Friday, November 30, 2007



PocketFinder is a small device that uses GPS to locate itself and provide updates to the registered user of that device. The device seems to use cell phone networks to send the updates and registered users can track it online.

The obvious use of such a product is to track children and pets. From the website and product packaging - that looks like the segment the product is currently being aimed at. Obviously one could place the device in a vehicle for vehicle tracking, which would make it useful as a business application of the device.

One thing that I am not sure of is as to what the device will do indoors or in GPS shadow regions. It would be cool if it could use the cell-phone networks to get an approximate location (just like the new Google Maps Mobile does - using the strength of signals coming from the cell phone towers). That would be an extremely important feature when it comes to parents who are buying the product to track their kids.


The idea of the PocketFinder itself is not new. If you look at my previous post Open Source GPS Tracking Solution, you will see that there exists an open source project that would enable just such GPS application. PocketFinder just like the GumStix project is not a completely new idea, but both projects show one thing that is important - Marketing. Both these products have a good name, good packaging, an excellent web-site and are slowly creating brand and product awareness.


No word on when the device will be available for purchase right now. (The retail locator currently doesn't return any results). One thing I am sure about, is that they will probably have a subscription model as they will have to pay for the access to the cell phone networks for the purpose of transmitting the location data.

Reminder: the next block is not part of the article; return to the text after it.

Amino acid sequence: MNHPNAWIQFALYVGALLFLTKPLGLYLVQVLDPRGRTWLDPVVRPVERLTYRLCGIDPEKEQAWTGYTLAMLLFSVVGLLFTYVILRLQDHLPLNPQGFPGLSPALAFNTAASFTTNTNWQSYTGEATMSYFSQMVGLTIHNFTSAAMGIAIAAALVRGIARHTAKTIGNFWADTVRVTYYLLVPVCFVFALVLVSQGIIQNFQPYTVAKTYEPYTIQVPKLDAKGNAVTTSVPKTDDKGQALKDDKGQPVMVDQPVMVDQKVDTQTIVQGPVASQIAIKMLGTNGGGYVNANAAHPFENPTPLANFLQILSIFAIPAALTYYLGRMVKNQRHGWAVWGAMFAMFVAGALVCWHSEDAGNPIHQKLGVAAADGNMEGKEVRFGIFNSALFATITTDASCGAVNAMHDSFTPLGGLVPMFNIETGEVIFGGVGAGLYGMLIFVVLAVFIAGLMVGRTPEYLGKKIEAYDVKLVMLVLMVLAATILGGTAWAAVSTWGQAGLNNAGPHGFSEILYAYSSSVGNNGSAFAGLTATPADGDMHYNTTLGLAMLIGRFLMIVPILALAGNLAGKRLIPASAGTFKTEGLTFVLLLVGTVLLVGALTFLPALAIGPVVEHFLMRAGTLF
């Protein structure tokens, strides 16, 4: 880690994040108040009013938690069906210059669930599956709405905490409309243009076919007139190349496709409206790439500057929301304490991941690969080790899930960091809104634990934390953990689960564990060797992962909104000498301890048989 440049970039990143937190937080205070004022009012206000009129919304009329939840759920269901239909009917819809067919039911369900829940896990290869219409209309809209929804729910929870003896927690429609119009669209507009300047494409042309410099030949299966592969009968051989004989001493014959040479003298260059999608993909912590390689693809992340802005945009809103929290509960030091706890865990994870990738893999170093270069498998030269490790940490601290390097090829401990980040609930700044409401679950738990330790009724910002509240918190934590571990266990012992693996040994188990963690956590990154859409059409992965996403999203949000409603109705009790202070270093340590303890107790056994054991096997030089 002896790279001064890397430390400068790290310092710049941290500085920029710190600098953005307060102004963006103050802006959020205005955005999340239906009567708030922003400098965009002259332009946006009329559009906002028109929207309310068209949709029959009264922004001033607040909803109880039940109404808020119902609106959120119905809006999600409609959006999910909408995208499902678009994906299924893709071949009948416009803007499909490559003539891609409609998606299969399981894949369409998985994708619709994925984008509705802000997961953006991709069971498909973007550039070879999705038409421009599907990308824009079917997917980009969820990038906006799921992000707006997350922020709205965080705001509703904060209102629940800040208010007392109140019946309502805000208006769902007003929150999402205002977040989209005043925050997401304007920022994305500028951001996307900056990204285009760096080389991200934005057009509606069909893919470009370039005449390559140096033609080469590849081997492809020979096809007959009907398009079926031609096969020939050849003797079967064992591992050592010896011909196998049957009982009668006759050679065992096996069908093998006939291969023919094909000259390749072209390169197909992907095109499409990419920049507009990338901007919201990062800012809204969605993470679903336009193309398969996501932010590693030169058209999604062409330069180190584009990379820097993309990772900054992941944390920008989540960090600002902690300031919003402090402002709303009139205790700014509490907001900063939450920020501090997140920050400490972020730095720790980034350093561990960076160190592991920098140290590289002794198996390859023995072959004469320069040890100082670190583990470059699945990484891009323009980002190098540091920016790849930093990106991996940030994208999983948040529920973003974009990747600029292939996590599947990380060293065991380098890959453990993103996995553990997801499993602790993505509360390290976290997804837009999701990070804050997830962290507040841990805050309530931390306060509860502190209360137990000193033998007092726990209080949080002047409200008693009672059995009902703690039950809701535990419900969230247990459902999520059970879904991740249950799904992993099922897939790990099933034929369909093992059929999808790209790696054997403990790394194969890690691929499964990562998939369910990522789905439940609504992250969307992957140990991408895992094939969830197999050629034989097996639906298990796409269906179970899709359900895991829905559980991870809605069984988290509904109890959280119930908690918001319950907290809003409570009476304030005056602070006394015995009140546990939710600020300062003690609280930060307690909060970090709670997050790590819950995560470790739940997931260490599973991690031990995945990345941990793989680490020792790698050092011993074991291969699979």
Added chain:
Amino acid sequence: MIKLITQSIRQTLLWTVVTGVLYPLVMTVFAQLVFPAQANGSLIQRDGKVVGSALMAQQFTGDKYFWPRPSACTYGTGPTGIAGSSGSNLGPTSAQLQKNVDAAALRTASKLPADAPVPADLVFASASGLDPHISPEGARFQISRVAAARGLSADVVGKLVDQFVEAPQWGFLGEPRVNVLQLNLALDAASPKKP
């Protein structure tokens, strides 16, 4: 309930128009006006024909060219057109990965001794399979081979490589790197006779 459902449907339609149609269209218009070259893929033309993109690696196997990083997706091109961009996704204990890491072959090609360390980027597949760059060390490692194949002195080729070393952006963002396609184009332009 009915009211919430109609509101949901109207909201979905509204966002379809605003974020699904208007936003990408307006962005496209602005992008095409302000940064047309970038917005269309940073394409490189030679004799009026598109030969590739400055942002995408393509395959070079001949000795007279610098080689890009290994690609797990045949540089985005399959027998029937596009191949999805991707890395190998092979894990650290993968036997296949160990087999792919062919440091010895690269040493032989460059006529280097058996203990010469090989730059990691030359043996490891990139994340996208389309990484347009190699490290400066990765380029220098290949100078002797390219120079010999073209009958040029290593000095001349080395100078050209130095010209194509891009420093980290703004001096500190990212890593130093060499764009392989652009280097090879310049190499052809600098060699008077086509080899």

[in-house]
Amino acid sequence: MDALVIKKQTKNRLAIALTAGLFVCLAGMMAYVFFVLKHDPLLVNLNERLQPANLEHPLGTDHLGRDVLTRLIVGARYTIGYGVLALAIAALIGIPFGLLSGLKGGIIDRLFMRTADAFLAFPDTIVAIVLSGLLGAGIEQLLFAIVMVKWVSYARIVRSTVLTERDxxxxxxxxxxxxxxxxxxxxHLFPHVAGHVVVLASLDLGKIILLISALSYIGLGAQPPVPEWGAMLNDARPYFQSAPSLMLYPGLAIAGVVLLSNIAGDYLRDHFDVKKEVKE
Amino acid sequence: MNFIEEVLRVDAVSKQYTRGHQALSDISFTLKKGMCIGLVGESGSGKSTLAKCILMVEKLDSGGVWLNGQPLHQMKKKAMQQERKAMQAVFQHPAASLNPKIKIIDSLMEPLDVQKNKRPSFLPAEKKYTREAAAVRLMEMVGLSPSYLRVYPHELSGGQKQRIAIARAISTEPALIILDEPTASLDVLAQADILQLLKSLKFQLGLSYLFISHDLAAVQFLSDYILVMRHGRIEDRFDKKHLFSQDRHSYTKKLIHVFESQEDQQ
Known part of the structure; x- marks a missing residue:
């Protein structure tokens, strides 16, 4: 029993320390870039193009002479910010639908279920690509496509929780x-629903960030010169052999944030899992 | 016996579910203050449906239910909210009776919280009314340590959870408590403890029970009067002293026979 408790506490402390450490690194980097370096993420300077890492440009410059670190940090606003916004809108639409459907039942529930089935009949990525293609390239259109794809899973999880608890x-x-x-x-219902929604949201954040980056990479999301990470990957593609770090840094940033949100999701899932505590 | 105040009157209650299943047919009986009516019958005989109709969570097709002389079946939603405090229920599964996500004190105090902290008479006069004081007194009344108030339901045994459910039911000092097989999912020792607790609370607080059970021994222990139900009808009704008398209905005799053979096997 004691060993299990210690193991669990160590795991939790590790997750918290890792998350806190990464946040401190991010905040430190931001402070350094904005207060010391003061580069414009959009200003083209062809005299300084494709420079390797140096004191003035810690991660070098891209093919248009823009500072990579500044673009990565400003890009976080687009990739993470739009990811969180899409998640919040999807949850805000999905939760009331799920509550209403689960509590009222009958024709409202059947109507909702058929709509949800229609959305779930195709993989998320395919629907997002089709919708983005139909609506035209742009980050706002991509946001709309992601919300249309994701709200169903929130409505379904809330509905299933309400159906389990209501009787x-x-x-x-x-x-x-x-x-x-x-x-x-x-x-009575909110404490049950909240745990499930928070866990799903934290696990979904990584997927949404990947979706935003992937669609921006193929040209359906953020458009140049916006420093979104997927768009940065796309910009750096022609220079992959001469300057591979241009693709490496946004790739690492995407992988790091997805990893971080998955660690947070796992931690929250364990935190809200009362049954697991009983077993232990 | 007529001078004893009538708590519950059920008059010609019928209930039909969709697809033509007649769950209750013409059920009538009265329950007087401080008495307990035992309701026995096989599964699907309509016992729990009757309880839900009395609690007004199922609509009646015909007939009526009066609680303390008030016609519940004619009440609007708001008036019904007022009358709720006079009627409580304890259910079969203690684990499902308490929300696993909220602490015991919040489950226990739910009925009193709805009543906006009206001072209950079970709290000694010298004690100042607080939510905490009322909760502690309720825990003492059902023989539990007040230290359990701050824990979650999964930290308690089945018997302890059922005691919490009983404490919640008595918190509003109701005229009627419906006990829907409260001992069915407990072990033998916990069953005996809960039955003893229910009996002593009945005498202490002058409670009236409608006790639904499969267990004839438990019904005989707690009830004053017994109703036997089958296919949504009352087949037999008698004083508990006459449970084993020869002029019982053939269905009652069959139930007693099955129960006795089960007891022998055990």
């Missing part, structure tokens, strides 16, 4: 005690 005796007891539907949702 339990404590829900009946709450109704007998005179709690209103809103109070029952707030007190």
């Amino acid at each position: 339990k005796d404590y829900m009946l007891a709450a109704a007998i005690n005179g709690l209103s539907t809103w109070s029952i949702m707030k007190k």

Going forward into the future, I do wonder how much of a demand will there be for such a product, as most cell phones will be location aware via Assisted GPS and so the concept could be implemented as a software solution. It will definitely have a market for tracking very young children, the elderly, pets as well as vehicles.

Also for future features - these devices could transmit small snippets of sound, environment readings (heat, humidity, etc) - which would be useful for vehicle or shipment tracking. It would be cool if these features could be added as add on modules to a basic device. That way depending on the application one could pick and choose the features that they need.

The PocketFinder is being developed by a company called Location Based Technologies.

A Ray Tracer in C#3.0

Here is a sample ray tracer written in about 400 lines of code using features of C#3.0. A great way to immerse into the new features of the language.

In addition the code has been used to show-case the Parallel Extensions for .NET 3.5 by Microsoft. (The converted sample and description is available at  MSDN Magazine Article: Parallel Performance: Optimize Managed Code for Multi-Core Machines)

LukeH's WebLog : A Ray Tracer in C#3.0

Thursday, November 29, 2007

Open Source GPS Tracking Solution

Came across two open source projects that can provide a solution for GPS Tracking.

OpenDMTP (Device Monitoring and Tracking Protocol/Program) provides the framework that allows bi-directional data communications between servers and devices (clients) over any type of network (GPRS, Internet, etc.).

Where OpenDMTP provides the framework for communication between a server and a client device, the project OpenGTS (GPS Tracking Solution) provides the server side web-platform that can be used to display the information obtained via OpenDMTP (The device (client) uses OpenDMTP to send messages to the website implemented with OpenGTS - which then could display the information on any web-based mapping solution).